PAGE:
A Nest in our Hands

by Christine Sine

Jan Blencowe

by Jan Blencowe

The imagery of a nest fascinates me. Have you ever come upon a bird’s nest in the autumn when the trees are almost bare? Have you taken a moment to observe it or even hold it in your hand? They are marvels of construction, made from the most fragile materials, grasses, twigs, fur, sometimes bits of ribbon or scraps of frayed cloth and paper. Yet, many are amazingly sturdy. Carefully and expertly woven, they are the containers for the next generation of bird, so the species can continue and life will go on.

I have always dearly loved the story of the Celtic St. Kevin and the blackbird. While kneeling in prayer, deep in contemplation, arms outstretched and palms facing upwards towards heaven, waiting to receive what the Lord would bestow, a blackbird lands, and treating his hand as a nest, lays an egg there. St. Kevin with a patient and loving heart, neither closes his hand nor withdraws it, but remains still in prayer and contemplation until the egg is hatched.

Jan Blencowe

Here in this tender story I find a picture of God’s care for us and a model for our care of creation. We see St. Kevin demonstrating the patient and loving heart of God towards us, extending a hand of mercy, compassion and provision that never closes and is never withdrawn. A hand that steadfastly remains open until we are fully formed and hatched. A hand that supports and shelters us like a nest until we hatch from this world into everlasting life and are transformed from an egg into the wholeness and completeness of who we are truly meant to be.

I think it is telling, that this story has a blackbird using St. Kevin’s hand as a nest and that he tirelessly remains, arms outstretched, sheltering and protecting the blackbird until the egg has hatched. In this I sense a deep message about our own roles as protectors and stewards of the natural world.

Nests while often sturdy, hold eggs which are fragile. Recently, in my wanderings among a thicket near the beach I came across the remains of a robin’s egg on the ground. It was the most impossible shade of delicate blue imaginable. These are the sorts of discoveries I like to record in my nature journals, so I sat down and made the entry with pen and paint. I wanted to inspect it more closely so I tried to pick it up but the vulnerable shell collapsed at even my lightest touch. Had St. Kevin closed his hand he easily could have crushed the egg and extinguished all possibility of life continuing.

God has placed the whole of his glorious creation within the hand of humanity and it is within our power to close our hand and destroy it. Practices like deforestation and strip mining, crush the possibility of life on a grand scale. Even the simple construction of residential developments and shopping centers are like a hand closing and crushing a place where life in the natural world could incubate, hatch and flourish. We all share this planet and certainly we human beings have needs for our own existence. Yet, after our use of the land, we withdraw our hand from nature and rarely think to spend any effort at restoration. Where we could replant, and recreate habitat around our homes, shopping malls, offices and schools we withdraw our hand and give no thought to how we could patiently and lovingly support the whole of creation that surrounds us. God is treating our hands as nests. He is trusting that we will neither close our hand and crush his creation nor withdraw our hand from supporting and protecting it.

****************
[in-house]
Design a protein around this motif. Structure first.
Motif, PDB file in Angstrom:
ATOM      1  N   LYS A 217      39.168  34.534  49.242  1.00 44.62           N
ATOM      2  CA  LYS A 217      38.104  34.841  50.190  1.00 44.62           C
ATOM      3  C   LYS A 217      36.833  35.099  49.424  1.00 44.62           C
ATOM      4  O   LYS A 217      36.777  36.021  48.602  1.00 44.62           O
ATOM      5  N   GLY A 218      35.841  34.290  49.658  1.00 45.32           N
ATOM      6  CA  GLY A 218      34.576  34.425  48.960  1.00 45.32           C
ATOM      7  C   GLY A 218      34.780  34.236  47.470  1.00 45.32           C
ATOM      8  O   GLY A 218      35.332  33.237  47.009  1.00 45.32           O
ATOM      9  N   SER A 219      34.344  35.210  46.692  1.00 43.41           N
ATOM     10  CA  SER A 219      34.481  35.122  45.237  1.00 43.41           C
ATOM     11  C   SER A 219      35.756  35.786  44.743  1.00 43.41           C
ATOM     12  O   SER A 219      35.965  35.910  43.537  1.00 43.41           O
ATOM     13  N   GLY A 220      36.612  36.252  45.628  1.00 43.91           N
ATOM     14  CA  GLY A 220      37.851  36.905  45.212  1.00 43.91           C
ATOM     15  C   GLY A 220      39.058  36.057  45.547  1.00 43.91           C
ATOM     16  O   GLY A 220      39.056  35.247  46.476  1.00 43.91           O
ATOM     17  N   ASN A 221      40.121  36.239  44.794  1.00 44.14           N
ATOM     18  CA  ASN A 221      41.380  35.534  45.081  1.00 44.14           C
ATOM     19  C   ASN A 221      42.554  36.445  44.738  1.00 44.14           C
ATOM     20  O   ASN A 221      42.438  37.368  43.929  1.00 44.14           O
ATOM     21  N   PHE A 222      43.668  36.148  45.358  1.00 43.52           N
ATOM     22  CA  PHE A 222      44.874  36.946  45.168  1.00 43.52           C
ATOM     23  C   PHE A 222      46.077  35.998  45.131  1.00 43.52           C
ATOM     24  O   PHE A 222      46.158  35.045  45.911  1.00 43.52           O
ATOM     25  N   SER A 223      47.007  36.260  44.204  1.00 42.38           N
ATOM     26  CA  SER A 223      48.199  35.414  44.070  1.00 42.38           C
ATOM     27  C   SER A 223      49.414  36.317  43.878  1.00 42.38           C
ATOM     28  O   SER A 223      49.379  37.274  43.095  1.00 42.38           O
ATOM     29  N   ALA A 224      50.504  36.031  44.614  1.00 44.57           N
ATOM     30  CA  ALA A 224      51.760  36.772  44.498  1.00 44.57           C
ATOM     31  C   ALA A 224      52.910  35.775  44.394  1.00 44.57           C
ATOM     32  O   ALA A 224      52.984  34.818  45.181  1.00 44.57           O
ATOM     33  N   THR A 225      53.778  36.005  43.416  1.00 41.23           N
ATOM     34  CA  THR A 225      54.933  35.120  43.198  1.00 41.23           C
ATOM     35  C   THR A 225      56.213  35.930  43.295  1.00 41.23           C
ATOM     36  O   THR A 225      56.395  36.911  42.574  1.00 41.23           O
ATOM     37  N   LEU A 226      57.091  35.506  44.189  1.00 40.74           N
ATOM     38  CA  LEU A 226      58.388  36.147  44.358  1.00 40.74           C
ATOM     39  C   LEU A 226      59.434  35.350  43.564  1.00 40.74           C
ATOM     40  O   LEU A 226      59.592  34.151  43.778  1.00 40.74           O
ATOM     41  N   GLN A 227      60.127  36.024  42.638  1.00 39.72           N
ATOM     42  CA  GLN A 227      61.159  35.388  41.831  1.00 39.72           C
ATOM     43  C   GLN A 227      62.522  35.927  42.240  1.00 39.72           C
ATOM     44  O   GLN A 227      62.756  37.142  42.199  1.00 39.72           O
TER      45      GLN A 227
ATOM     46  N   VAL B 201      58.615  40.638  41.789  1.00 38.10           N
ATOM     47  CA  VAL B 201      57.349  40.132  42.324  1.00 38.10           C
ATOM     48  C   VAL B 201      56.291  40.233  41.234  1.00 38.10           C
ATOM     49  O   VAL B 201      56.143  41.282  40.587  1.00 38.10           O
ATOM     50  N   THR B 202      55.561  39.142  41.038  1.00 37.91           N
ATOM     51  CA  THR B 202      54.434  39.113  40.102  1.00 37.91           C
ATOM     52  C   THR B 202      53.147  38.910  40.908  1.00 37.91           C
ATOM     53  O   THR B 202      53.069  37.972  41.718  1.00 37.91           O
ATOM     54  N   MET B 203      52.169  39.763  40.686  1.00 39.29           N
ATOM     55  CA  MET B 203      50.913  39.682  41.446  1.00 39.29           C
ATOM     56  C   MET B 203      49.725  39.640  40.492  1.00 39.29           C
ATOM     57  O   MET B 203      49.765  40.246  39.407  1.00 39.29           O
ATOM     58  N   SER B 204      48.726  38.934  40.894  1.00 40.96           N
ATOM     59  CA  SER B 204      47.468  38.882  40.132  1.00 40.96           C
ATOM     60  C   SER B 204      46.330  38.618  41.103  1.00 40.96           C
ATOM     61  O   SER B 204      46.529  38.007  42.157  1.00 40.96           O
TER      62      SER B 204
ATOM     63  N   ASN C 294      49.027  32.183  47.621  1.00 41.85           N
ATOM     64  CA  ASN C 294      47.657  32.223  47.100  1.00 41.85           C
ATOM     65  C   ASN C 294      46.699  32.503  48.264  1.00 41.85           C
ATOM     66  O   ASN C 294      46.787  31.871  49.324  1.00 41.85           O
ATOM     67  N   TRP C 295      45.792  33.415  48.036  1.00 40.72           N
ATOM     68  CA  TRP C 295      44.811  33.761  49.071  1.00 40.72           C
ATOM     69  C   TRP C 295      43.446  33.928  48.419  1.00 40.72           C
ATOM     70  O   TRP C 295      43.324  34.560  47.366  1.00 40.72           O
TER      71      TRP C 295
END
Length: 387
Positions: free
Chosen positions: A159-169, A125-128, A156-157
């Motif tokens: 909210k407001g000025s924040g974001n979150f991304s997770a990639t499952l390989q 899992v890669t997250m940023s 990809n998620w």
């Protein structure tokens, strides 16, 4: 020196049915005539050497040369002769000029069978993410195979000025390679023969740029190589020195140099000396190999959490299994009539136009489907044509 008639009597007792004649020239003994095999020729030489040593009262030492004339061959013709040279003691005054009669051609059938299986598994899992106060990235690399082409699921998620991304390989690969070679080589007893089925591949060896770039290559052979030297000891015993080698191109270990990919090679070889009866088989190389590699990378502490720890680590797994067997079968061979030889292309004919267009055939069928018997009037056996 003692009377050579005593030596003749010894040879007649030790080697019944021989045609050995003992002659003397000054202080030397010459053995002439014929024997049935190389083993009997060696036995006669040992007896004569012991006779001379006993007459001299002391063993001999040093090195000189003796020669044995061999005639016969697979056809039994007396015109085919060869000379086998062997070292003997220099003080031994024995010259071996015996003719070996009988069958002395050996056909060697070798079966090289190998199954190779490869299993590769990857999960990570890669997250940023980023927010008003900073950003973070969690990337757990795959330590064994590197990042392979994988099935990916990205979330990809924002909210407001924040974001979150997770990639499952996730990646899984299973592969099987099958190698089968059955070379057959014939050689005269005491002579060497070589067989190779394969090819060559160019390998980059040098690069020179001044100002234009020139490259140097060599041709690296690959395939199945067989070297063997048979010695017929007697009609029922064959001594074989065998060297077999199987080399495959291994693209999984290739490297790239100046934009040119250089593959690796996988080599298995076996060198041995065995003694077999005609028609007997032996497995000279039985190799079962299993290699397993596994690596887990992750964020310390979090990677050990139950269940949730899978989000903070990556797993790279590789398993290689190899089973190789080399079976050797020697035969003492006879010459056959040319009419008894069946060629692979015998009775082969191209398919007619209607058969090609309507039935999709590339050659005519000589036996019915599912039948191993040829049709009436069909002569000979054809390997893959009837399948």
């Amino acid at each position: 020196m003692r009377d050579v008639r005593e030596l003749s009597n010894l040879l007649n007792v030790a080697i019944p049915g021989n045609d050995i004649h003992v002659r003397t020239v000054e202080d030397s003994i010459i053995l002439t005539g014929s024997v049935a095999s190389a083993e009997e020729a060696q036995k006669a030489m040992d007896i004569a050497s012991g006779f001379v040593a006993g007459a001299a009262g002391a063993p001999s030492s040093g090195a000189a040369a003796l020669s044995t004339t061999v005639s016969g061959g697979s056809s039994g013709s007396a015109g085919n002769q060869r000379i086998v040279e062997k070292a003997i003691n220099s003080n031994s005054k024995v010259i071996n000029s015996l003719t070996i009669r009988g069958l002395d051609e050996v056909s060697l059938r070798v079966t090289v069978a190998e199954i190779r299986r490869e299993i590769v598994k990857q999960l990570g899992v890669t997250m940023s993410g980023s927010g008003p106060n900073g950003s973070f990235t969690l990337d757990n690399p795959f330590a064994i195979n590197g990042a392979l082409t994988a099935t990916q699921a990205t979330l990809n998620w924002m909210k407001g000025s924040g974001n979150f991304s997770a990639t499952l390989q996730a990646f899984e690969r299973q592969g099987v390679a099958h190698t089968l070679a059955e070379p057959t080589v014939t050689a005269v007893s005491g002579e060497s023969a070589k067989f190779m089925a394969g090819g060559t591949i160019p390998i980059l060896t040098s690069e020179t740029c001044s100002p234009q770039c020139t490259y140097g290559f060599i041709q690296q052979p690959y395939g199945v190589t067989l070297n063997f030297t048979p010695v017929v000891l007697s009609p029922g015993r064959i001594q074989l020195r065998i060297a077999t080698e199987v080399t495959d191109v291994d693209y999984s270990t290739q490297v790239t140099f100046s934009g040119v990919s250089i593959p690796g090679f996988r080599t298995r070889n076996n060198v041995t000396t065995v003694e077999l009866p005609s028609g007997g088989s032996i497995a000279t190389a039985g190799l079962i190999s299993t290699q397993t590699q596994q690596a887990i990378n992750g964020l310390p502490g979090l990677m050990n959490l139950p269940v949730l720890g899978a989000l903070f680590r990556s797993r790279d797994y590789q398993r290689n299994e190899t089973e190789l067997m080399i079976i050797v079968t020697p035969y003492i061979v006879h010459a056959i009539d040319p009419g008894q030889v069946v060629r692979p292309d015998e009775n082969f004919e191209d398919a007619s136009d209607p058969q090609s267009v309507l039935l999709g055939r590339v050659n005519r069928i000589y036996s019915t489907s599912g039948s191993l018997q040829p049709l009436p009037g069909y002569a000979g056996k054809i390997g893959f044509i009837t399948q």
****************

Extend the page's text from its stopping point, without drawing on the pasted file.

I believe that if we remain in prayer and contemplation like St. Kevin we will see a vision of God placing the care and support of his creation in our hands. Then we will use our hands to shelter birds and wildlife, plant seeds, garden to create native plant communities and give thought to restoring the landscape after we have cleared and constructed on scales both large and small.

What fragile “egg” has God placed in your hand? What small part of the creation is within your reach? Will you close or withdraw your hand, or will you lovingly and patiently open your hand and tend the earth given into your care? By designating us stewards of the earth, God demonstrates and amazing amount of trust in us to follow St. Kevin’s example to remain gentle, open and actively involved in supporting life on the planet, as well as the planet itself. May we all seek ways to follow that example so our hands become nests where life can flourish.


Jan BlencoweJan Blencowe earned her BFA in 1984 from Caldwell College. She has enjoyed a long career as a successful landscape painter, but her most profound joy is keeping a personal sketchbook of her life experiences. The boldness of an ink line on paper and the use of free flowing water media allow her to engage life’s moments both great and small with gratitude, and presence. Her deepest connection is with the natural world and she makes a regular practice of sketching the ongoing drama of life that unfolds at the beaver pond on her property in Clinton, Connecticut, and throughout New England’s woods and marshes. Her nature journal sketches are featured in several books on sketching outdoors and in interdisciplinary science curriculums.

Her sketching and nature journaling can be found at: Jan Blencowe Sketchbook

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